The next few days - perhaps a week - are a bit of a blur. Edna - with Kathy?? - came over to our apartment at least once, maybe twice. I was, I am afraid, scarcely coherent. I talked - and made things worse. Edna was not, so far as I can remember, angry at all - and I think she was probably afraid for her own ability to make stick what she had decided - but she was clear. She spoke of a month's trial separation. I do not think either of us imagined that there was a possibility of our getting back together.
Clearly she and Kathleen could not stay indefinitely in a hotel room. I had to move out. I moved into Mrs Yap's boarding house - nice coincidence about the lady with the Korean name :-) Mrs Yap's was on Thurston Avenue, on the slopes of Punchbowl. There were two choices: private room, $25/week; shared room, $15 - both including dinner (made by her and at table together) and (make-it-yourself) breakfast. I chose the $15 option.
I was in pretty bad shape. I had had the foundations of my intellectual world knocked out - but I had never imagined that the people in my world would not simply always be there for what I wanted, when I wanted, as I wanted. I blush to express my arrogance so bluntly, but there is no other way to express it. I had already enrolled as a student for the fall semester of 1968. This included money from scholarships and fellowships, and (I believe) I had a part-time graduate assistant job at the University as well. I had, therefore, some income - enough, at least, to pay for my room and lunches. It was a good forty-minute walk to campus - or perhaps I took the 'bus along Wilder Avenue. But the fact is that at first I did not spend much time going to the University.
Instead, I anaesthetised myself. I devised techniques of putting myself to sleep, by a sort of self-hypnosis. That managed to keep me asleep 14-16 hours a day. For the rest of the time - since I was still officiously a student - I took out piles of light reading - Agatha Christie mysteries, mostly - and read. I was seeking the same end as with the rock concerts: stopping thought.
My $15/week room included a roommate. His name was John Burke and he was from New York, which was borderline exotic to me, being a Californian, and now a transplanted Hawai'ian. Poor Burke! He was an engineering student. He found me a pathetic puzzle. I told him, of course, what was going on. One day he took pity on me and introduced me to a better anaesthetic.
Mrs Yap's house was a very large, probably late-nineteenth-century, house, with basement, ground floor, first and second floors, and attic that had also been converted into a variety of rentable spaces. I don't know how many people lived there - a great many, I think. One day - I don't remember exactly how it happened - Burke took me to visit a very nice Filipino girl who lived in one of the attic rooms - one of the private rooms, which was, in fact, not much larger than a walk-in wardrobe. There he introduced me to marijuana.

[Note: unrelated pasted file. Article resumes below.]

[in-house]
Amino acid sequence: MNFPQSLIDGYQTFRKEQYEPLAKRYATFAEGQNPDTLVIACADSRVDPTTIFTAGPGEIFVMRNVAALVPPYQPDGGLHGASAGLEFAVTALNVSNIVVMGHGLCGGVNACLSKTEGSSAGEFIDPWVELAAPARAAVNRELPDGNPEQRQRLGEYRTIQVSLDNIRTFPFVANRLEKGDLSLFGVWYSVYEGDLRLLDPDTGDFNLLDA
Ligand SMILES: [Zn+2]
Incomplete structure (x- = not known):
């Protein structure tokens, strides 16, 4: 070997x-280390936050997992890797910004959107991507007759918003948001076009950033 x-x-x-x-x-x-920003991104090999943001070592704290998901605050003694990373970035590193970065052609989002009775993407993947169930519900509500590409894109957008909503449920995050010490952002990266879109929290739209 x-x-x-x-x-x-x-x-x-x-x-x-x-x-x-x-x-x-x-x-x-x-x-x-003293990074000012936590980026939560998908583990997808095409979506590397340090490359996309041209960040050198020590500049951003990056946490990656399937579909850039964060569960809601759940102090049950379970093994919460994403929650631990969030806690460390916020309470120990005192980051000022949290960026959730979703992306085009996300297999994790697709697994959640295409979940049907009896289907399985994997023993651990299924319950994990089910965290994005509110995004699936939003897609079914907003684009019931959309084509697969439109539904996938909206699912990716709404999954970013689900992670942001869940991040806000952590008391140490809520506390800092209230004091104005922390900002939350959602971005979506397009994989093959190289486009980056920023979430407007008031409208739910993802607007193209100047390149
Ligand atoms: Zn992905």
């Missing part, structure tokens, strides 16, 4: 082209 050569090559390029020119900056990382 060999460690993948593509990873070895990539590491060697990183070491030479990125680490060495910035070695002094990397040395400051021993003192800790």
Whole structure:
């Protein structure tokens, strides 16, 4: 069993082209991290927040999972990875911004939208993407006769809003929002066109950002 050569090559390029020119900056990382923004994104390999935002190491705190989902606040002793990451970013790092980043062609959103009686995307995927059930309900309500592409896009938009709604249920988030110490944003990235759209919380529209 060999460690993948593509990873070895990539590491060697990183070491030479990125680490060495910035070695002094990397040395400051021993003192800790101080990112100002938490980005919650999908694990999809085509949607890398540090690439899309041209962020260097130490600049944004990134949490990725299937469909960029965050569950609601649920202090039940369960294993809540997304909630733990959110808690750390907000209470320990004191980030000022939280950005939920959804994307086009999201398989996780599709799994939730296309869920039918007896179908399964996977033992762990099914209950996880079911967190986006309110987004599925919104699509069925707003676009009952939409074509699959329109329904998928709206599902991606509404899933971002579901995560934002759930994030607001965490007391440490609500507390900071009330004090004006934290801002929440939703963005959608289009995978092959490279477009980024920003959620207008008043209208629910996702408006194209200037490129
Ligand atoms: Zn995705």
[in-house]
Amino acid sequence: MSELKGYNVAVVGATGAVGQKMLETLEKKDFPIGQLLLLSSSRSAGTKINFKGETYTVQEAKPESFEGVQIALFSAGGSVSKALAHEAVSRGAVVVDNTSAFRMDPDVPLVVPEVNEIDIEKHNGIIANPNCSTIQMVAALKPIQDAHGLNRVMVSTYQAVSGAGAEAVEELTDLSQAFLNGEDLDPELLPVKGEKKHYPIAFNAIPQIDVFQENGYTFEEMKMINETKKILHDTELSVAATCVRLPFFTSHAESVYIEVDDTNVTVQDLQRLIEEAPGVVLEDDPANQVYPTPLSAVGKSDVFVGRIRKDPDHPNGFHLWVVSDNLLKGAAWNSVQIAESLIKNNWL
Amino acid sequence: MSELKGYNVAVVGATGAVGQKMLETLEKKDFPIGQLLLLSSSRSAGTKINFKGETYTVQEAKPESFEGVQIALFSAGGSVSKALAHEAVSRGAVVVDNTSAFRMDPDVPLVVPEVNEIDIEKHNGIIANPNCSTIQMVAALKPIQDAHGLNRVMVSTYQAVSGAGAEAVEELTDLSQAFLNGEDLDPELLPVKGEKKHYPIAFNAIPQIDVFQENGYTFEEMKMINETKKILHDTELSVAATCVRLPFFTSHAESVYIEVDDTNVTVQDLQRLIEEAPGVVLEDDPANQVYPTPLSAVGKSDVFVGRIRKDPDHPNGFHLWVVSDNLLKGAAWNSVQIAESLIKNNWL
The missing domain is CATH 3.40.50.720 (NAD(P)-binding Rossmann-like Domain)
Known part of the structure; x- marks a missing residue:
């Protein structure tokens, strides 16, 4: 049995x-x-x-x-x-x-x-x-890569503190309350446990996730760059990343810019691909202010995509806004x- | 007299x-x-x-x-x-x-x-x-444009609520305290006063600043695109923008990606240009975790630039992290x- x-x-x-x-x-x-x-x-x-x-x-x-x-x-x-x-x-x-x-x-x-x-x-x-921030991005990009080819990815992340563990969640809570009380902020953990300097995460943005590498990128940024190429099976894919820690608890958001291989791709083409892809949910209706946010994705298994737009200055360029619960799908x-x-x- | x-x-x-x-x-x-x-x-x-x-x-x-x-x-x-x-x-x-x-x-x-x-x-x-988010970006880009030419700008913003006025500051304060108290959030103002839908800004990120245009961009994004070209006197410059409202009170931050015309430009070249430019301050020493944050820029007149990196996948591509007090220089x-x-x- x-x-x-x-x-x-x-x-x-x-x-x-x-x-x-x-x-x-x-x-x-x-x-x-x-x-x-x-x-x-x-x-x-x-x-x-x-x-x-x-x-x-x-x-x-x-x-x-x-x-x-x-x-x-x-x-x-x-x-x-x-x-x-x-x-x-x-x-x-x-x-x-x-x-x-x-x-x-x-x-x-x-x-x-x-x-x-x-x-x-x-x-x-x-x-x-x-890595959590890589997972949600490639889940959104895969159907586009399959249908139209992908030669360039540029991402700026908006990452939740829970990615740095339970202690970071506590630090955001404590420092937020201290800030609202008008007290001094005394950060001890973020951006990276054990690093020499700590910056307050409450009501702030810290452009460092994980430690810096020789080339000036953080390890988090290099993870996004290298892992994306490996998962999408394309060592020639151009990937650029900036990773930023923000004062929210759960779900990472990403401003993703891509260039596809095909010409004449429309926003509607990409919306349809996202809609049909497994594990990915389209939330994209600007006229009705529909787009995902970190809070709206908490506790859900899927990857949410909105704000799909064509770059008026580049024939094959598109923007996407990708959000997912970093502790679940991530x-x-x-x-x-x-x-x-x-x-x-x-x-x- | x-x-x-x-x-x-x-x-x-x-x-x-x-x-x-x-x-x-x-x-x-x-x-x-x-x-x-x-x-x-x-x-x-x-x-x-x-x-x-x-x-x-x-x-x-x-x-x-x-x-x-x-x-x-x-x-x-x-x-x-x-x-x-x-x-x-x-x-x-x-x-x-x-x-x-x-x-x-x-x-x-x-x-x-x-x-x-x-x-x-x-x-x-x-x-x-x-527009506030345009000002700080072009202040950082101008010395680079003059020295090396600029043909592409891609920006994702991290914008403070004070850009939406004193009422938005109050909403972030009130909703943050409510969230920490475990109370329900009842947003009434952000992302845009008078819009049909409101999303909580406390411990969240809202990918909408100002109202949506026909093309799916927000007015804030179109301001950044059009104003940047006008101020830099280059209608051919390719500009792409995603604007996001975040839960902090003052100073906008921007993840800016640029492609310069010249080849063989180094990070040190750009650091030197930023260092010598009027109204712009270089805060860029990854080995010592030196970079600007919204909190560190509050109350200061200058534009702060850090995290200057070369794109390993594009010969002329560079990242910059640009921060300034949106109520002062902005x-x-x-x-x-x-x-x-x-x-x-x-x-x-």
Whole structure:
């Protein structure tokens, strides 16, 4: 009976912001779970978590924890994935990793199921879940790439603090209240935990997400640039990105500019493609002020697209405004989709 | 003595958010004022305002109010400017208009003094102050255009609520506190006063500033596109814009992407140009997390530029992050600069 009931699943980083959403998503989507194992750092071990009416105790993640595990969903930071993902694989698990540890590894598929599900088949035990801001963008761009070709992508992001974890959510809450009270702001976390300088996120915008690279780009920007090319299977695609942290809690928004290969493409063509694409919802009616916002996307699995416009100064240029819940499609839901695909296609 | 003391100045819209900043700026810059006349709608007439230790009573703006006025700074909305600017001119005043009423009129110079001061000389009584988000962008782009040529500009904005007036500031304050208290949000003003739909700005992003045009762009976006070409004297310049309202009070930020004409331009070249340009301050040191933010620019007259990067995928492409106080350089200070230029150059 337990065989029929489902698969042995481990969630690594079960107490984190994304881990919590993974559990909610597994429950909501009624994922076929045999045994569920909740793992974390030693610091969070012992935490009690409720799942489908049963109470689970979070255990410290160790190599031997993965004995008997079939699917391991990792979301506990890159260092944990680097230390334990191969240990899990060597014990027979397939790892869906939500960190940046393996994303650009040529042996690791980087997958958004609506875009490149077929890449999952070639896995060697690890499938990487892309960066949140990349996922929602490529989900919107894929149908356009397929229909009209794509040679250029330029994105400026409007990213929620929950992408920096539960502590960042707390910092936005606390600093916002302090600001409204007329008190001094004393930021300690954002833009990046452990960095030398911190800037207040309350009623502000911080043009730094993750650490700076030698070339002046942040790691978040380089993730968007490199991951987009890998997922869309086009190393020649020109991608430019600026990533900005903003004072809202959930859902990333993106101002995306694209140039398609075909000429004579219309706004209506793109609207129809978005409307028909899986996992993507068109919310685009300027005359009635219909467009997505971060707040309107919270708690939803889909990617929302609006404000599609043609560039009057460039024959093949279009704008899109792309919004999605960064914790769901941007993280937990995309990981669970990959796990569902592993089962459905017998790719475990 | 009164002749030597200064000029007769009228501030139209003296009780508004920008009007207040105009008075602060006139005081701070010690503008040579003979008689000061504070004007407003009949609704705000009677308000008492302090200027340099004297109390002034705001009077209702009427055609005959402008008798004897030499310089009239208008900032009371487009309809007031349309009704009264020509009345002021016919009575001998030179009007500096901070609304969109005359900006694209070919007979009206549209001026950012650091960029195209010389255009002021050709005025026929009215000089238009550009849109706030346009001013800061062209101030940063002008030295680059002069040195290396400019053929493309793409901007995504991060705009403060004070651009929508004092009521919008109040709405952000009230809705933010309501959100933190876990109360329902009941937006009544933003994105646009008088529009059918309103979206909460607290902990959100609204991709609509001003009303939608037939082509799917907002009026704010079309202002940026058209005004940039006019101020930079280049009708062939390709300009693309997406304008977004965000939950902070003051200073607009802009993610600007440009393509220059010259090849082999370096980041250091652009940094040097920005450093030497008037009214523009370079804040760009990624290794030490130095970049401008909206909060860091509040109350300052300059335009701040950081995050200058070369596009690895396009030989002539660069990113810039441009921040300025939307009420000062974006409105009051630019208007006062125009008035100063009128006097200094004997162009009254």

The girl - who did not, herself, smoke the stuff, nevertheless allowed Burke to use her room for the purpose. I suspect she was a nice, well-behaved Catholic girl who would never have done such a thing - but she was friendly, and tolerant - and had a room located where, Burke hoped (such worries never occurred to me), Mrs Yap would not smell the evidence of nefarious goings-on.
It also never occurred to me to think about the fact that Burke actually had to pay for his grass. To be sure, marijuana, in those days, was relatively cheap compared to what I have heard prices are like today (I hereby affirm that I do not know from personal experience how much it costs!) - something like US$10/1 oz (30g) bag - but, when you remember that my room - with two meals - cost $15/week, you can see that it is expensive.
Burke rolled a joint for me and taught me how to smoke. I had, in fact, once (in 1964?) been offered marijuana, by Harry Frank - my best man when Edna and I were married. I had been terrified, took one or two puffs - just inhaling and immediately exhaling, as with tobacco cigarettes - declared myself 'stoned' and quit.
This time I did not quit. One. Two. Three of Burke's marijuana cigarettes - whilst he and the girl looked on in wonderment. I had never known such a thing. I knew what I wanted now.
This anaesthetic did, at least, get me back to the University. I now did not need 14 hours of sleep a day, nor to read endless mystery novels. I am amazed, in retrospect, that (a) I never was caught by the authorities, and that (b) I managed to function sufficiently at least to keep doing my University paid work, and some of my studies. I started going back to classes. All my classmates knew what I was doing. At break times I would go onto the roof of the library and smoke. I was rarely really straight. Of course I had to buy it - I suppose the money must have been enough. Did I, yet, send any money to Edna and Kathleen? I doubt it.
How long did I live in Thurston Avenue? I don't know, but I don't think it can have been very long. I remember Edna saying - quite understandably! - that she wanted me to get my junk - some hundreds of books, my home-built stereo (and television? ham radio gear?) out of the apartment.
I suppose it must have been something like November when I moved to what Susan, later, referred to as the 'bug-ridden tenement' - 2117B Young Street.